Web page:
Material and methods
Study area
El-Mex bay is a semi-enclosed basin subjected to several sources of wastewaters discharged into the bay through El-Umoum drain (Abdalla et al. 1995 and Fahmy et al.1997). El-Dekhaila Harbour occupies the western side of El-Mex Bay (Figure 1) is a commercial harbour constructed recently, after 1986, for the export of manufactured iron and steel and the import of coal. It also plays an important role in the export and import of other goods such as minerals, ores, fertilizers, salts and grain. In addition, maritime activities, the loading and unloading of unpacked grains and fertilizers on to and from ships, are a cause of direct pollution in the harbour (Abdel-Aziz 2001). El-Dekhaila Harbour, like other harbours, is also affected by shipping activities. The degree of water contamination of the harbour water from the wastewaters depends on water circulation in the bay. The marine environment in the harbour is affected largely by anthropogenic factors, which cause alternate inhibition and promotion of the plankton growth (Abdel-Aziz, 2001 and Ismael and Dorgham, 2003). The harbour has a surface area of about 12.5 km2 and a water depth ranging from 4 to 20 m with an average of 12.4 m.
Methods
Water samples were collected four times per the year 2012, the chosen periods corresponding to winter (January), spring (April), summer (August) and autumn (November). The samples were collected at a depth of 0.5 m at the studied stations. A simple mercury thermometer was used to measure water temperature. Salinity was measured using a Beckman induction salinometer (Model RS-7B).
The zooplankton samples were collected by filtering 50 litres of the harbour water through a small standard plankton net (mesh size 55 ”m) using a plastic container of litres capacity. The collected samples were preserved directly with 4% neutral formaline solution in 250 ml polyethylene bottles. The volume of each sample was concentrated to 100 ml and the whole sample was examined in a Petri dish under a research binocular microscope. For zooplankton enumeration purposes, at least two aliquots (2 ml of well shaken suspension) were withdrawn from each sample using a graduated pipette, placed in a counting chamber and the number of individuals of each species was counted. The average number of duplicate examination for each sample was estimated and the counts were expressed as number of individuals per cubic meter.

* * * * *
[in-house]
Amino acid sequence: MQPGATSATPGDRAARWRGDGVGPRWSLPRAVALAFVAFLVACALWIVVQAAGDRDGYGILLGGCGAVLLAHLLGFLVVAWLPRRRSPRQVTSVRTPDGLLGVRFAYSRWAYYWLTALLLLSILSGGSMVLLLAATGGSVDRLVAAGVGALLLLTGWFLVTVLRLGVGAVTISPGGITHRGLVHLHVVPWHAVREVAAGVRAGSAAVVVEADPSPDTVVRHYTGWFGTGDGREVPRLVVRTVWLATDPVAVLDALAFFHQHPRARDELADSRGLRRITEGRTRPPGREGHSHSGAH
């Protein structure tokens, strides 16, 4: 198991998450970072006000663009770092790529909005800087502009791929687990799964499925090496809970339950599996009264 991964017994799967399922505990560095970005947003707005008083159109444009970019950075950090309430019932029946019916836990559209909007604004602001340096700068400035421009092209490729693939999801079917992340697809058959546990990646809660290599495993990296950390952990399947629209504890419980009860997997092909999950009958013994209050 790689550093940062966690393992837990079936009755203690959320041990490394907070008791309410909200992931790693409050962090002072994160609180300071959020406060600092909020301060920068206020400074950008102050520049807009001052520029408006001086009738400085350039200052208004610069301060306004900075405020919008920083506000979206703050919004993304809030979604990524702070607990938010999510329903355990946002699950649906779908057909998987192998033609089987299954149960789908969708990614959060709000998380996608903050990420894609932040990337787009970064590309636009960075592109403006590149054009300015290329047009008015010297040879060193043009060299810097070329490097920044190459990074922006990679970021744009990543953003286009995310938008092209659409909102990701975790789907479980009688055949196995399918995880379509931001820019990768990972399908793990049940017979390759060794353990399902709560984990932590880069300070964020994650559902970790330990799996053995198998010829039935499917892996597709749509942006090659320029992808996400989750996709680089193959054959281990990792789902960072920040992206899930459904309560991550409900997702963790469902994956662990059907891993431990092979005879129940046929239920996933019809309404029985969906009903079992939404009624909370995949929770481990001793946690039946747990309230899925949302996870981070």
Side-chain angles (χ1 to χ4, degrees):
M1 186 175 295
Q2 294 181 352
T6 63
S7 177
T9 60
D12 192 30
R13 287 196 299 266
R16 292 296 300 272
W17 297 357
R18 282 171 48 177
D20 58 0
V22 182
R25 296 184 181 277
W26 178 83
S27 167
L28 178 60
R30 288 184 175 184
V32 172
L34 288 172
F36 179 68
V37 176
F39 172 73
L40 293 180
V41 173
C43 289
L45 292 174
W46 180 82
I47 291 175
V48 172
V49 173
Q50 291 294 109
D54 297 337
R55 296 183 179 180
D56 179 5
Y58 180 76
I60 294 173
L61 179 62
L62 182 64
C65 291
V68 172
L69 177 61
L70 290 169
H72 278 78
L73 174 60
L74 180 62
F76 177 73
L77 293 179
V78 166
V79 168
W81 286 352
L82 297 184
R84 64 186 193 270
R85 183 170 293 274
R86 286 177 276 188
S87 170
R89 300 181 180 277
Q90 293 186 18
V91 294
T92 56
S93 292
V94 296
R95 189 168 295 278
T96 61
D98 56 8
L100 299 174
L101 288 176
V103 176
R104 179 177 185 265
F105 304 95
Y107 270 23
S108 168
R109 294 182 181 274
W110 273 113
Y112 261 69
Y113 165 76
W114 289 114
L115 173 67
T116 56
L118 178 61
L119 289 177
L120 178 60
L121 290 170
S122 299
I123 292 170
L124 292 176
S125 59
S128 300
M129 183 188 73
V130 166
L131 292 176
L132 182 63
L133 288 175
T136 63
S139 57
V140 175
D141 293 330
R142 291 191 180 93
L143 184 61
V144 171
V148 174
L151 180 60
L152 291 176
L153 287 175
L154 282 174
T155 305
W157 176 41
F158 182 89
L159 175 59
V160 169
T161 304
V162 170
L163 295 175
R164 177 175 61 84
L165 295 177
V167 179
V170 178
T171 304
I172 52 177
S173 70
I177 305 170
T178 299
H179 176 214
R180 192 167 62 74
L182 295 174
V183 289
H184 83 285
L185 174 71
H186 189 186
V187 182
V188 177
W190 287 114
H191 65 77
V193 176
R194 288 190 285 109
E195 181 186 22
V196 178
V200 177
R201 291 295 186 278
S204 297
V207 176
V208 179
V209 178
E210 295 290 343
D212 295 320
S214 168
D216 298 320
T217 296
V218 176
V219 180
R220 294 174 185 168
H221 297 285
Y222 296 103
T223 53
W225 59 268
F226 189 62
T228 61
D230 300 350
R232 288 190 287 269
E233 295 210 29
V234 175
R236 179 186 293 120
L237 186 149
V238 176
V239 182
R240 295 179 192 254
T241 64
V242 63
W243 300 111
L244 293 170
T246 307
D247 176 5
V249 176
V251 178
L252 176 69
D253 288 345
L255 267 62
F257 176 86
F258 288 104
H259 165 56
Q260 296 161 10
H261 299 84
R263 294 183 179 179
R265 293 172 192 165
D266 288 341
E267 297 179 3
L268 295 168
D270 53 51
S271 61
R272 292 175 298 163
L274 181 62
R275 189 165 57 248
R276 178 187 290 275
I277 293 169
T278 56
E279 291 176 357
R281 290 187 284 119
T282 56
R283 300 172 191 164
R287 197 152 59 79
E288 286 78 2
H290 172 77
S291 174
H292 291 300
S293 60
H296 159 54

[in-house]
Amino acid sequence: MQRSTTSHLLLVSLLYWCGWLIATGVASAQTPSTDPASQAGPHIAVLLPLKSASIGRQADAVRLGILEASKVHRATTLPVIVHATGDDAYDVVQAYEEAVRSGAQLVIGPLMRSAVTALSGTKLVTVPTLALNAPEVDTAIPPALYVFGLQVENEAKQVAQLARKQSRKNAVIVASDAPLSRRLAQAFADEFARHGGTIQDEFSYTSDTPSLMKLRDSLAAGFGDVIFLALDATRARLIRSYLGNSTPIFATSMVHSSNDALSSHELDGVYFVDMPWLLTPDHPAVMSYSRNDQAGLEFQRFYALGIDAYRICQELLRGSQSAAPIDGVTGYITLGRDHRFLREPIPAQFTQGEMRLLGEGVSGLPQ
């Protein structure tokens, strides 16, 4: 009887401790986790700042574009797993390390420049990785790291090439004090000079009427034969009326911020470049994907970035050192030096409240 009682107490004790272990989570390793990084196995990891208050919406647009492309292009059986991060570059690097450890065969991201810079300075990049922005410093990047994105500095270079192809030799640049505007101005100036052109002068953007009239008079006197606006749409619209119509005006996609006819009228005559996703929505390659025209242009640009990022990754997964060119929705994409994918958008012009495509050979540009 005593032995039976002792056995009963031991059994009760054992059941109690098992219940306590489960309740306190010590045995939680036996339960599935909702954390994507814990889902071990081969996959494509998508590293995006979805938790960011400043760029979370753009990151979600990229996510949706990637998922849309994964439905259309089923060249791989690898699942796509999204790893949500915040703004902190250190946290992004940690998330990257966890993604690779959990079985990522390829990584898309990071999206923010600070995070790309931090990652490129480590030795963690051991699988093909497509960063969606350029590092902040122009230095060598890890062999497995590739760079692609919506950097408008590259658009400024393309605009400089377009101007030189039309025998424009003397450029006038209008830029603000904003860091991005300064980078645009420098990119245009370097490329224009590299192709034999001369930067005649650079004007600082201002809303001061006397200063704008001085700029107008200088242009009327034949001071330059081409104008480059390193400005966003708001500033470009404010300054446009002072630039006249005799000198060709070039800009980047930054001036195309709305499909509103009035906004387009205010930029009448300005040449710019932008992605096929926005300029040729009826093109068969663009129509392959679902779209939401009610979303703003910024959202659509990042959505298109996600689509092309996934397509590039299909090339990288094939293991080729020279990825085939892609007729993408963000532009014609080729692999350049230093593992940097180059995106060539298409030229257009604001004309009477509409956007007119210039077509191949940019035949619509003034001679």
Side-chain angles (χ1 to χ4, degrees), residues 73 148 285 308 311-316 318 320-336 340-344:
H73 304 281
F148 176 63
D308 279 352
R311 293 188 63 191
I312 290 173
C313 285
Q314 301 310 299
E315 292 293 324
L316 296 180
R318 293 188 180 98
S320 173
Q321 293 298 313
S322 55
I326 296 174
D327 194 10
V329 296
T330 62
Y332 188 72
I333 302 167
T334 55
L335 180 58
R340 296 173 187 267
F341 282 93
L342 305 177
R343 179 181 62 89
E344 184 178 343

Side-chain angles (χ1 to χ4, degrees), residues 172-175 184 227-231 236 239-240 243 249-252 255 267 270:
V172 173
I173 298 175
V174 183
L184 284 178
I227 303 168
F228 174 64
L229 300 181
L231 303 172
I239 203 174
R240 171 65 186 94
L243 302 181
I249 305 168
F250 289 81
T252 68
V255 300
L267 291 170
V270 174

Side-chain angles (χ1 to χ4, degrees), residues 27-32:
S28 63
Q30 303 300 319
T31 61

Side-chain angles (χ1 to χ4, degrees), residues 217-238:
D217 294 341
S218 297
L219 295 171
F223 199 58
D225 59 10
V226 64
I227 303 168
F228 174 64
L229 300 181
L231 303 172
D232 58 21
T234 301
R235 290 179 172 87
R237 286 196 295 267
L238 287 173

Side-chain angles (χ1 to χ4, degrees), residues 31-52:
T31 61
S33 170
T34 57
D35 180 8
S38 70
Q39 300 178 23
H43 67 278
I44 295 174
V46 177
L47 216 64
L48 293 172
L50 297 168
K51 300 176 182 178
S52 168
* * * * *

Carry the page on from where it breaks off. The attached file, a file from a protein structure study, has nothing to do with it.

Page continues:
Statistical analysis
Three indices were used to obtain the estimation of species diversity (Shannon and Weaver 1963), species richness (Margalef 1978) and species evenness (Pielou 1975). The Pearson’s Correlation Coefficient (r) was used for the simple relationship analyses with the variables (N=36) with SPSS 8.0 Statistical Package Program.
Results
Hydrographic conditions:
The measured physicochemical parameters were published by Shaltout and Abd-El-Khalek (2014).
Surface water temperature in El Dekheila Harbour varied from a minimum of 16.19”C in winter to a maximum of 28.66”C in summer, but it mostly recorded negligible thermal difference among the sampling stations (0.44-1.88”C). The surface salinity fluctuated between 28.89 and 35.58 PSU with an average annual of 33.90”1.77 PSU. Lowest values were recorded at station 6 (32.49”2.42) and highest at station 3 (34.92”1.26). The seasonally average salinity showed significantly lower values than those usually recorded in Egyptian coastal waters (>38 PSU).
Zooplankton community structure and composition
A total of 75 species of zooplankton and their different developmental stages in addition to the larvae of some zooplankton groups were recorded in El Dekheila Harbour. The adult forms of zooplankters belong to two major groups namely: Protozoa; the protozoan community comprised 31 species: tintinnids (17 species), non-tintinnid ciliates (2 species) foraminiferans (11 species) and amoebozoans (one species), and copepods represented by nineteen species, belonging to four orders, out of which six species were from both of calanoida and harpacticoida. The order poicilostomatoida and cyclopoida were represented only by 3 and 2 species, respectively. Besides eight minor groups: Decapoda, Ostracoda, Rotifera, Cladocera, Amphipoda, Mollusca , Annelida and Cnidaria. Fig 2.
In spite of the large number of species, only 21 were perennial: Branchioecetes sp., Schmidingerella serrata (M”bius, 1887) Agatha and Str”der-Kypke, 2012, Tintinnopsis beroidea Stein, 1867, Tintinnopsis compressa Daday, 1887, Tintinnopsis cylindrica Daday, 1887, Cycloforina contorta (d’Orbigny, 1839), Globorotalia truncatulinoides (d’Orbigny, 1839), Acartia clausi Giesbrecht, 1889, Acartia grani Sars G.O., 1904, Acartia latisetosa (Kritchagin, 1873), Centropages kroyeri Giesbrecht, 1893, Canthocamptus gracilis Sars G.O., 1863, Euterpina acutifrons (Dana, 1847), Onychocamptus mohammed (Blanchard & Richard, 1891), Oithona nana Giesbrecht, 1893, Oithona plumifera Baird, 1843, Ergasilus sieboldi Nordmann, 1832, Oncaea venusta Philippi, 1843, Cypridina mediterranea Costa, 1845, Moina micrura KURZ, 1874 and Obelia sp.